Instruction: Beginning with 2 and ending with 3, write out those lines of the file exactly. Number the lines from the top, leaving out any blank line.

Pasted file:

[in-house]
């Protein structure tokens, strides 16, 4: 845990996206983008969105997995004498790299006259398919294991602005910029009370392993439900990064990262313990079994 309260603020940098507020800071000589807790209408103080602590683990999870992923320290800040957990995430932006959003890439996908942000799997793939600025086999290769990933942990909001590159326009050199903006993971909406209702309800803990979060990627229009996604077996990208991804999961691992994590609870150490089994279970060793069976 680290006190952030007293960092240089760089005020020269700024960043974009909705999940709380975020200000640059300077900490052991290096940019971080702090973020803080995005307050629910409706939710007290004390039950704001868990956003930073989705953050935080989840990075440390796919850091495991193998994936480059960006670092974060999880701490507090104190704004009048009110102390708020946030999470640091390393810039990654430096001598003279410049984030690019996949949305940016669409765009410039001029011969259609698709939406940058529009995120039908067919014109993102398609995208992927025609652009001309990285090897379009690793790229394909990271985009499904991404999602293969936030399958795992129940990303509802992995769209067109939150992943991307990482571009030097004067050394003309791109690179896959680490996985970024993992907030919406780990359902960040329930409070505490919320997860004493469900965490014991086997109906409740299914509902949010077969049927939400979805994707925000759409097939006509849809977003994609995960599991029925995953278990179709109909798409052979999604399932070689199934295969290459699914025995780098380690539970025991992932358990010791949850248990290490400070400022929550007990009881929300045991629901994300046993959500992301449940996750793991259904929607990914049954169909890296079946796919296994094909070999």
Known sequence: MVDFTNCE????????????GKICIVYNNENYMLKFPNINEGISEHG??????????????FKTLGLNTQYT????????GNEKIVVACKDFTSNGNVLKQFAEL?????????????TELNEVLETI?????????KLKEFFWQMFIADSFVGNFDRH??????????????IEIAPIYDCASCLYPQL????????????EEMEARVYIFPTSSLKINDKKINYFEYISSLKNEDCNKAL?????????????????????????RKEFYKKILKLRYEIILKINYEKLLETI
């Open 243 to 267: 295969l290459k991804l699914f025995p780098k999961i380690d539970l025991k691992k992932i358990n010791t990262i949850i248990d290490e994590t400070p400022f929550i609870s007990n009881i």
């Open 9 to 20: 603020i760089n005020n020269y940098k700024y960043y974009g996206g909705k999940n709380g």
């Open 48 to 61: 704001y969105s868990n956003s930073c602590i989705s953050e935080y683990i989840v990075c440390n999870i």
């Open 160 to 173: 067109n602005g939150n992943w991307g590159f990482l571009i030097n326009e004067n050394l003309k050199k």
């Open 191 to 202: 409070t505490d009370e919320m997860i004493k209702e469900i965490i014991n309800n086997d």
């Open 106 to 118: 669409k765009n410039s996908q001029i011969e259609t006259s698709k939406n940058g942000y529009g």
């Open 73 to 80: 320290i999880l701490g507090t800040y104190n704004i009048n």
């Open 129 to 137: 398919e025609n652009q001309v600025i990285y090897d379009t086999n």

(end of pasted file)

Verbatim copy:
């Protein structure tokens, strides 16, 4: 845990996206983008969105997995004498790299006259398919294991602005910029009370392993439900990064990262313990079994 309260603020940098507020800071000589807790209408103080602590683990999870992923320290800040957990995430932006959003890439996908942000799997793939600025086999290769990933942990909001590159326009050199903006993971909406209702309800803990979060990627229009996604077996990208991804999961691992994590609870150490089994279970060793069976 680290006190952030007293960092240089760089005020020269700024960043974009909705999940709380975020200000640059300077900490052991290096940019971080702090973020803080995005307050629910409706939710007290004390039950704001868990956003930073989705953050935080989840990075440390796919850091495991193998994936480059960006670092974060999880701490507090104190704004009048009110102390708020946030999470640091390393810039990654430096001598003279410049984030690019996949949305940016669409765009410039001029011969259609698709939406940058529009995120039908067919014109993102398609995208992927025609652009001309990285090897379009690793790229394909990271985009499904991404999602293969936030399958795992129940990303509802992995769209067109939150992943991307990482571009030097004067050394003309791109690179896959680490996985970024993992907030919406780990359902960040329930409070505490919320997860004493469900965490014991086997109906409740299914509902949010077969049927939400979805994707925000759409097939006509849809977003994609995960599991029925995953278990179709109909798409052979999604399932070689199934295969290459699914025995780098380690539970025991992932358990010791949850248990290490400070400022929550007990009881929300045991629901994300046993959500992301449940996750793991259904929607990914049954169909890296079946796919296994094909070999």
Known sequence: MVDFTNCE????????????GKICIVYNNENYMLKFPNINEGISEHG??????????????FKTLGLNTQYT????????GNEKIVVACKDFTSNGNVLKQFAEL?????????????TELNEVLETI?????????KLKEFFWQMFIADSFVGNFDRH??????????????IEIAPIYDCASCLYPQL????????????EEMEARVYIFPTSSLKINDKKINYFEYISSLKNEDCNKAL?????????????????????????RKEFYKKILKLRYEIILKINYEKLLETI